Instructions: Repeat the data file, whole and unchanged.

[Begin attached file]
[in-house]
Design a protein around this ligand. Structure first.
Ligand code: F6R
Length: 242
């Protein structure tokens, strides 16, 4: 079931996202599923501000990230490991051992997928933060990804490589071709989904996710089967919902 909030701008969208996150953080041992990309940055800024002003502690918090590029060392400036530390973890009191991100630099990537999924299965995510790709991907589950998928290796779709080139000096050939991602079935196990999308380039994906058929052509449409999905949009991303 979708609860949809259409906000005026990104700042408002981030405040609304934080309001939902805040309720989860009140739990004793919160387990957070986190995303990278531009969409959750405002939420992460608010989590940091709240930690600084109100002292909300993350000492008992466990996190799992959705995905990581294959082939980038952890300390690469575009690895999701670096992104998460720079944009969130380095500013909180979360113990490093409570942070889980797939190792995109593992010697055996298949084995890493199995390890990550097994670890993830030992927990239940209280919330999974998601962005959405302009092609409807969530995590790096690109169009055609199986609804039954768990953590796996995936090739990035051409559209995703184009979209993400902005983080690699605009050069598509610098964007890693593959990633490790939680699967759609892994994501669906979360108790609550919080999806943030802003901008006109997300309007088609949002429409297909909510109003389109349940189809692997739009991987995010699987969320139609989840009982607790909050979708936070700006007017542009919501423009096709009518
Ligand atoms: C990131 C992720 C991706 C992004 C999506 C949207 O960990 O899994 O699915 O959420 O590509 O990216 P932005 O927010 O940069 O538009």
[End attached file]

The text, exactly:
[in-house]
Design a protein around this ligand. Structure first.
Ligand code: F6R
Length: 242
């Protein structure tokens, strides 16, 4: 079931996202599923501000990230490991051992997928933060990804490589071709989904996710089967919902 909030701008969208996150953080041992990309940055800024002003502690918090590029060392400036530390973890009191991100630099990537999924299965995510790709991907589950998928290796779709080139000096050939991602079935196990999308380039994906058929052509449409999905949009991303 979708609860949809259409906000005026990104700042408002981030405040609304934080309001939902805040309720989860009140739990004793919160387990957070986190995303990278531009969409959750405002939420992460608010989590940091709240930690600084109100002292909300993350000492008992466990996190799992959705995905990581294959082939980038952890300390690469575009690895999701670096992104998460720079944009969130380095500013909180979360113990490093409570942070889980797939190792995109593992010697055996298949084995890493199995390890990550097994670890993830030992927990239940209280919330999974998601962005959405302009092609409807969530995590790096690109169009055609199986609804039954768990953590796996995936090739990035051409559209995703184009979209993400902005983080690699605009050069598509610098964007890693593959990633490790939680699967759609892994994501669906979360108790609550919080999806943030802003901008006109997300309007088609949002429409297909909510109003389109349940189809692997739009991987995010699987969320139609989840009982607790909050979708936070700006007017542009919501423009096709009518
Ligand atoms: C990131 C992720 C991706 C992004 C999506 C949207 O960990 O899994 O699915 O959420 O590509 O990216 P932005 O927010 O940069 O538009």